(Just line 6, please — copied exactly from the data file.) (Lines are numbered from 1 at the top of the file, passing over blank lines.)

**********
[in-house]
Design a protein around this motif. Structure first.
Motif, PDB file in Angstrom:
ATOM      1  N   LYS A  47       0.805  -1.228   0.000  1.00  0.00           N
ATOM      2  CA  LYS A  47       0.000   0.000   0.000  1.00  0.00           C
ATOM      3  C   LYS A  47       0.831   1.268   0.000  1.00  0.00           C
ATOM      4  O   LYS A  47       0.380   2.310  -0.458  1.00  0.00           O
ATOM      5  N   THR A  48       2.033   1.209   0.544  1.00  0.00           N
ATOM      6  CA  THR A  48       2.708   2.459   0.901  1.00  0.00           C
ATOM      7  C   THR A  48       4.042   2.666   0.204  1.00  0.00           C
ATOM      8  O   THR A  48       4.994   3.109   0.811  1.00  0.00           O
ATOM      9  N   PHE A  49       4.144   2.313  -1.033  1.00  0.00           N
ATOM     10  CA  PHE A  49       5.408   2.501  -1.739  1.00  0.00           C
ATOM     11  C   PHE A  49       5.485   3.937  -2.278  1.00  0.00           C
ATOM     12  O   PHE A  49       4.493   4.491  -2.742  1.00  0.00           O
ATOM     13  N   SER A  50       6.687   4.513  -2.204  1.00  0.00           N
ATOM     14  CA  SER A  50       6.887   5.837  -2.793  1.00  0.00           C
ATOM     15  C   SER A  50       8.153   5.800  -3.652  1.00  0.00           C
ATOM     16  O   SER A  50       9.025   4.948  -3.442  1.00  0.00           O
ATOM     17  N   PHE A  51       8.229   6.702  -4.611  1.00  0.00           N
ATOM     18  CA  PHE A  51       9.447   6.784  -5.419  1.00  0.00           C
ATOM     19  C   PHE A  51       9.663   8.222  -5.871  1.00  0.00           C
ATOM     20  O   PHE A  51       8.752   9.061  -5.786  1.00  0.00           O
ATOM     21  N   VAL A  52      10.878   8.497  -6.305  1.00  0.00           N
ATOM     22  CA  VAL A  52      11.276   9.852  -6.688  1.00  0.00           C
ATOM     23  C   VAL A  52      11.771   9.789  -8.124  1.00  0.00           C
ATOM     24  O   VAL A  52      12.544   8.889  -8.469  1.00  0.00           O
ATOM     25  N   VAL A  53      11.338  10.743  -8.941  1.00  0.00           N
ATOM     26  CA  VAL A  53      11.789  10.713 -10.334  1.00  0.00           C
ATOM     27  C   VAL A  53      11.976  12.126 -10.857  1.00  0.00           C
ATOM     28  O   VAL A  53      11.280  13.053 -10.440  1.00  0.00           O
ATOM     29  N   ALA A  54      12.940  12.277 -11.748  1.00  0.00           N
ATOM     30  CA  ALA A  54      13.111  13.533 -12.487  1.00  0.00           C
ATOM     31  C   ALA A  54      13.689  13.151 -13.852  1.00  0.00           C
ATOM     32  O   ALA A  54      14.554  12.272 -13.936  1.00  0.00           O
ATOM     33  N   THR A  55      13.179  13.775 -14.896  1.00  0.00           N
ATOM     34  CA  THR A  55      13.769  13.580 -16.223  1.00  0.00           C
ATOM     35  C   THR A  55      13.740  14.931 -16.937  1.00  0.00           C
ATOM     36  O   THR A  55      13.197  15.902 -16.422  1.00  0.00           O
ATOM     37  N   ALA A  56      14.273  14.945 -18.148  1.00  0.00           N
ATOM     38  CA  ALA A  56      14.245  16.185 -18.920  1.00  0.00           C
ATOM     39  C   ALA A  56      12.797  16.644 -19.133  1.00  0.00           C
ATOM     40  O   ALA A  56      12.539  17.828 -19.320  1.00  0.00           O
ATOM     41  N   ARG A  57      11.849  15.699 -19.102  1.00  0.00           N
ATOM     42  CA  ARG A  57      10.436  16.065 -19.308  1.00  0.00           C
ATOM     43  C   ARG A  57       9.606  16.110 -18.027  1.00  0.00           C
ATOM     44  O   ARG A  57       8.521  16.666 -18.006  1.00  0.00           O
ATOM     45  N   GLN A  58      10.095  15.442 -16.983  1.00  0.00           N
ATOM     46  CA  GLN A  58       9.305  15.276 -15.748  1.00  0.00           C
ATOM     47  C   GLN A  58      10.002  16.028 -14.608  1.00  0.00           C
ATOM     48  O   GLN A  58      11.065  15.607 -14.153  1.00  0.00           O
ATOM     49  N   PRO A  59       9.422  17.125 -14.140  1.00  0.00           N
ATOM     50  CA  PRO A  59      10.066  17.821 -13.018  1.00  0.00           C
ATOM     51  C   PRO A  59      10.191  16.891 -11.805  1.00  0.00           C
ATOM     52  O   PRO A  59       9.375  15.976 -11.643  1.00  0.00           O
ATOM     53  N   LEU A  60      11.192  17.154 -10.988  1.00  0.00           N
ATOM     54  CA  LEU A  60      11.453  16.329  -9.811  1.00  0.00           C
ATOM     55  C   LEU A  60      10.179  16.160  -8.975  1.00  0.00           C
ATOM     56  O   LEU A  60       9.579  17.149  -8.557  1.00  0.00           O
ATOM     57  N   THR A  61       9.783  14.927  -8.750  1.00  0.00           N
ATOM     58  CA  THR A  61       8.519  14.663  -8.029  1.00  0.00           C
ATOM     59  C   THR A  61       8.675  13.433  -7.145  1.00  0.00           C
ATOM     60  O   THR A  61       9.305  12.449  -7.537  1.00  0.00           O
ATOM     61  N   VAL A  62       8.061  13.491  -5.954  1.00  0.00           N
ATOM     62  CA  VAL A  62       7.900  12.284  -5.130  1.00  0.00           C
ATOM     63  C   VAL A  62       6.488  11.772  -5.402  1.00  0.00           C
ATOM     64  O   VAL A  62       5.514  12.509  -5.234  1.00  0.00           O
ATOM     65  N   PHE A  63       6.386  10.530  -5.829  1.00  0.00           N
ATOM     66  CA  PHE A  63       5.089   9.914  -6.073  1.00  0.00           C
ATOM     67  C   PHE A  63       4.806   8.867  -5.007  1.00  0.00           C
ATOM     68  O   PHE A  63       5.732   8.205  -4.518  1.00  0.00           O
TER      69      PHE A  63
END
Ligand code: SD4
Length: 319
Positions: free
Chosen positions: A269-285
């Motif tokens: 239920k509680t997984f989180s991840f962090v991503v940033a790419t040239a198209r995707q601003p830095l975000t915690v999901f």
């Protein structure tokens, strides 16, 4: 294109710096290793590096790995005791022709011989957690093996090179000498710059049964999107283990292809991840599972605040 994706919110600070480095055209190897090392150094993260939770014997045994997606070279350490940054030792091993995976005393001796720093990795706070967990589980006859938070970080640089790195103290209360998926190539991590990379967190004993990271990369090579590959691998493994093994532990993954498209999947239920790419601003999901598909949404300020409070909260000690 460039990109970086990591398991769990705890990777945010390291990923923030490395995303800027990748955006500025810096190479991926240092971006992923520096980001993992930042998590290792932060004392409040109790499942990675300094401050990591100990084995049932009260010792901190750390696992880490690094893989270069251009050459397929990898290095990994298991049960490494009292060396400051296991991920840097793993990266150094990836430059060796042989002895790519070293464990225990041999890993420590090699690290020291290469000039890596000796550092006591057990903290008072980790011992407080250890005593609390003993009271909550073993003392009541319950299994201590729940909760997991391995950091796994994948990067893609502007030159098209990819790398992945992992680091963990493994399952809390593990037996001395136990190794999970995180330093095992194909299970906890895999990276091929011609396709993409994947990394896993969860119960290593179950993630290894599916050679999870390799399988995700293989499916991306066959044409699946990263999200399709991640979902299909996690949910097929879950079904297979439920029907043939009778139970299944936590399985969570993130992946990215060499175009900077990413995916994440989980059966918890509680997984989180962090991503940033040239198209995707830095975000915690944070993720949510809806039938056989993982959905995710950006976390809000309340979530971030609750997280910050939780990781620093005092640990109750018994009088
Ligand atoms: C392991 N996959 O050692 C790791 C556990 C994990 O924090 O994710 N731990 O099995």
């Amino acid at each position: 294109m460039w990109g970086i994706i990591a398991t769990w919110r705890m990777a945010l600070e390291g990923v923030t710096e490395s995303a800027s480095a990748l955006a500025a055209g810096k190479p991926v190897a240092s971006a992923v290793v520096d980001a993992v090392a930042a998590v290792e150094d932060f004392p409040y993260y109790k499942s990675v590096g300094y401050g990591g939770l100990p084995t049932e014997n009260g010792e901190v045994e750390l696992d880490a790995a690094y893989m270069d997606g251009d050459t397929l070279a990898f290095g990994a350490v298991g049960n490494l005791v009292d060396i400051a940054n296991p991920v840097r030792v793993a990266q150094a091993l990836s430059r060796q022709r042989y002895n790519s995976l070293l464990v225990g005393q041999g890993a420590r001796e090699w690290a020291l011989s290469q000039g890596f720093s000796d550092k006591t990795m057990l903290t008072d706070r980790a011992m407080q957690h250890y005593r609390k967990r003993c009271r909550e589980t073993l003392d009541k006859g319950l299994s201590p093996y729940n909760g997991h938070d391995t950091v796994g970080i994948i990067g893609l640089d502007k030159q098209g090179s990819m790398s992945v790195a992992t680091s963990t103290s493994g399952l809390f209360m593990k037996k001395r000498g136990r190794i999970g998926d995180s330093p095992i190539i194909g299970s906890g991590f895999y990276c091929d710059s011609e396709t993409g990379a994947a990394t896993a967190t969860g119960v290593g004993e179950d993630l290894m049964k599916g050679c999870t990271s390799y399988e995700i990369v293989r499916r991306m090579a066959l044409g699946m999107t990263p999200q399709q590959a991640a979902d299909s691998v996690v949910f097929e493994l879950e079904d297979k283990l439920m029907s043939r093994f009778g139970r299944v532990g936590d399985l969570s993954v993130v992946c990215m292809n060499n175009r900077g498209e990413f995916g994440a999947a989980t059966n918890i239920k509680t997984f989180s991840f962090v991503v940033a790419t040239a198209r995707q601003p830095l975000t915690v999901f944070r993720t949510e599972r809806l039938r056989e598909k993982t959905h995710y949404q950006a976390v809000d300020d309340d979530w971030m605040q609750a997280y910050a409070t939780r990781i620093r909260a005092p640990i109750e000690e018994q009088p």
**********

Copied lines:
ATOM      3  C   LYS A  47       0.831   1.268   0.000  1.00  0.00           C